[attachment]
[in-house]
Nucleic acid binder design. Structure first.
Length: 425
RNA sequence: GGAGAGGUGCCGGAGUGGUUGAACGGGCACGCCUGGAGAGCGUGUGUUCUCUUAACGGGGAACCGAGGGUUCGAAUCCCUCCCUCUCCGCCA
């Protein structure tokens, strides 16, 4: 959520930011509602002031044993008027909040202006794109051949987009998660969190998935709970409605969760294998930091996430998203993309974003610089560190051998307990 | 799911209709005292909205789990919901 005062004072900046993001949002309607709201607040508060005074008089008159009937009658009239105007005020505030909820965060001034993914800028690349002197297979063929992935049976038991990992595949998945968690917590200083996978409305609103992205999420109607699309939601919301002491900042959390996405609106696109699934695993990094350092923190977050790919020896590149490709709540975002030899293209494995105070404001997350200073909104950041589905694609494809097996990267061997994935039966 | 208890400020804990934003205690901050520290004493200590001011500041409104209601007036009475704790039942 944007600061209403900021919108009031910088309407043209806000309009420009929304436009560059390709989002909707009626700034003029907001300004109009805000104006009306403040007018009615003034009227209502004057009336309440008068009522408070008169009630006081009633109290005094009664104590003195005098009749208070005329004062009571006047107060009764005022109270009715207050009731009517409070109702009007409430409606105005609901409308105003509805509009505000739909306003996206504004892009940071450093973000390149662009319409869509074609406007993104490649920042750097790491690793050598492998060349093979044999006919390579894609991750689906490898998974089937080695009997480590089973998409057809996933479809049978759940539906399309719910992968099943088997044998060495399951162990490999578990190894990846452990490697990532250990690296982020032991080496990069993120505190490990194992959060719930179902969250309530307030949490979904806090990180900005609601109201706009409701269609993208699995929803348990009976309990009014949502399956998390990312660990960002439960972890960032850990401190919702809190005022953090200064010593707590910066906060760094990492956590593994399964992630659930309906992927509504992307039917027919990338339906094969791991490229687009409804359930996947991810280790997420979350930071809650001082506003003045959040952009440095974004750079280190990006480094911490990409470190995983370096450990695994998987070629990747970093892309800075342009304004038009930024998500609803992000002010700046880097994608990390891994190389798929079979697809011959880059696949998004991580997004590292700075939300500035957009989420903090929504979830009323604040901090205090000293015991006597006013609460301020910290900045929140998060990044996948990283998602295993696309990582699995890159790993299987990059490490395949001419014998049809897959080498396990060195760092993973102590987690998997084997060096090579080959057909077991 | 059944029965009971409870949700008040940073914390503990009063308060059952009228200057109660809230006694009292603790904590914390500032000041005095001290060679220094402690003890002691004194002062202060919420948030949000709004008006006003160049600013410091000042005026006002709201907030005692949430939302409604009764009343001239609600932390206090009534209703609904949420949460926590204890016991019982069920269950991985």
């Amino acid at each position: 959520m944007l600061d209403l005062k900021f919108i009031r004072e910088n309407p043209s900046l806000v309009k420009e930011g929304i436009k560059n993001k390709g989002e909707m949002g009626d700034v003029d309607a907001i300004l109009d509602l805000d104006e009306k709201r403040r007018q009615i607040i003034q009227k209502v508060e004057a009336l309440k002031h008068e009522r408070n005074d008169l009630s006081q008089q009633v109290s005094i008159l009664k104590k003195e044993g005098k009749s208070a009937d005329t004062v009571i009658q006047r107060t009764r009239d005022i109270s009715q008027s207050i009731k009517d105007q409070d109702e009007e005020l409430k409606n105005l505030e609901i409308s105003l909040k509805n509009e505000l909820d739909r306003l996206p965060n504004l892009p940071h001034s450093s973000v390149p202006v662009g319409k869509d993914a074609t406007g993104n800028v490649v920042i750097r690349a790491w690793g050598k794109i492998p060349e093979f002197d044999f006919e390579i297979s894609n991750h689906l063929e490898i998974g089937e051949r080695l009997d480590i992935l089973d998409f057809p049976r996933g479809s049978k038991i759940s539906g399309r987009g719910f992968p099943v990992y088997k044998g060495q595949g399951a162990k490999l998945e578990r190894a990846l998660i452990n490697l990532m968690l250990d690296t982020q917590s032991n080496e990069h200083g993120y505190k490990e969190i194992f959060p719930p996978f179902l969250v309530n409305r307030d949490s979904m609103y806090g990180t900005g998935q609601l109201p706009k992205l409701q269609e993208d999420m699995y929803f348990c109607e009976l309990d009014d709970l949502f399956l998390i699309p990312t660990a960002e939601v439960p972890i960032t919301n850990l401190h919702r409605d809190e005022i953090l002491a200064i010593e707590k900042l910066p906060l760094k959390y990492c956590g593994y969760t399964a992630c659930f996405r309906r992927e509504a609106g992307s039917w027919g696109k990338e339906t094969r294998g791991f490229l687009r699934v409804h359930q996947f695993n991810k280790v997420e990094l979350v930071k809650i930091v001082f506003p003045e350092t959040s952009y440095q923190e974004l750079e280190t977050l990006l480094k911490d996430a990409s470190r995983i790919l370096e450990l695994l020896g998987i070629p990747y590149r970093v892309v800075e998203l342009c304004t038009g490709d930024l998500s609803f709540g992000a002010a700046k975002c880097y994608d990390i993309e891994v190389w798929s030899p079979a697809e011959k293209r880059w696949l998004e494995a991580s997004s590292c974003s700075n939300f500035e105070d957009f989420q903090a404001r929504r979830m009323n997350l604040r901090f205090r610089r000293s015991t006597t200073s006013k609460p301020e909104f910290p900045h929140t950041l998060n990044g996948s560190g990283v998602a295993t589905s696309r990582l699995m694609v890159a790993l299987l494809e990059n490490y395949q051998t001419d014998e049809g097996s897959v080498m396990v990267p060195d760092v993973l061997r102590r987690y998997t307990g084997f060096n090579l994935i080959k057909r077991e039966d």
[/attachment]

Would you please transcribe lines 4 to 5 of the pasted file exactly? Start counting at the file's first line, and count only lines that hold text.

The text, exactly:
RNA sequence: GGAGAGGUGCCGGAGUGGUUGAACGGGCACGCCUGGAGAGCGUGUGUUCUCUUAACGGGGAACCGAGGGUUCGAAUCCCUCCCUCUCCGCCA
């Protein structure tokens, strides 16, 4: 959520930011509602002031044993008027909040202006794109051949987009998660969190998935709970409605969760294998930091996430998203993309974003610089560190051998307990 | 799911209709005292909205789990919901 005062004072900046993001949002309607709201607040508060005074008089008159009937009658009239105007005020505030909820965060001034993914800028690349002197297979063929992935049976038991990992595949998945968690917590200083996978409305609103992205999420109607699309939601919301002491900042959390996405609106696109699934695993990094350092923190977050790919020896590149490709709540975002030899293209494995105070404001997350200073909104950041589905694609494809097996990267061997994935039966 | 208890400020804990934003205690901050520290004493200590001011500041409104209601007036009475704790039942 944007600061209403900021919108009031910088309407043209806000309009420009929304436009560059390709989002909707009626700034003029907001300004109009805000104006009306403040007018009615003034009227209502004057009336309440008068009522408070008169009630006081009633109290005094009664104590003195005098009749208070005329004062009571006047107060009764005022109270009715207050009731009517409070109702009007409430409606105005609901409308105003509805509009505000739909306003996206504004892009940071450093973000390149662009319409869509074609406007993104490649920042750097790491690793050598492998060349093979044999006919390579894609991750689906490898998974089937080695009997480590089973998409057809996933479809049978759940539906399309719910992968099943088997044998060495399951162990490999578990190894990846452990490697990532250990690296982020032991080496990069993120505190490990194992959060719930179902969250309530307030949490979904806090990180900005609601109201706009409701269609993208699995929803348990009976309990009014949502399956998390990312660990960002439960972890960032850990401190919702809190005022953090200064010593707590910066906060760094990492956590593994399964992630659930309906992927509504992307039917027919990338339906094969791991490229687009409804359930996947991810280790997420979350930071809650001082506003003045959040952009440095974004750079280190990006480094911490990409470190995983370096450990695994998987070629990747970093892309800075342009304004038009930024998500609803992000002010700046880097994608990390891994190389798929079979697809011959880059696949998004991580997004590292700075939300500035957009989420903090929504979830009323604040901090205090000293015991006597006013609460301020910290900045929140998060990044996948990283998602295993696309990582699995890159790993299987990059490490395949001419014998049809897959080498396990060195760092993973102590987690998997084997060096090579080959057909077991 | 059944029965009971409870949700008040940073914390503990009063308060059952009228200057109660809230006694009292603790904590914390500032000041005095001290060679220094402690003890002691004194002062202060919420948030949000709004008006006003160049600013410091000042005026006002709201907030005692949430939302409604009764009343001239609600932390206090009534209703609904949420949460926590204890016991019982069920269950991985």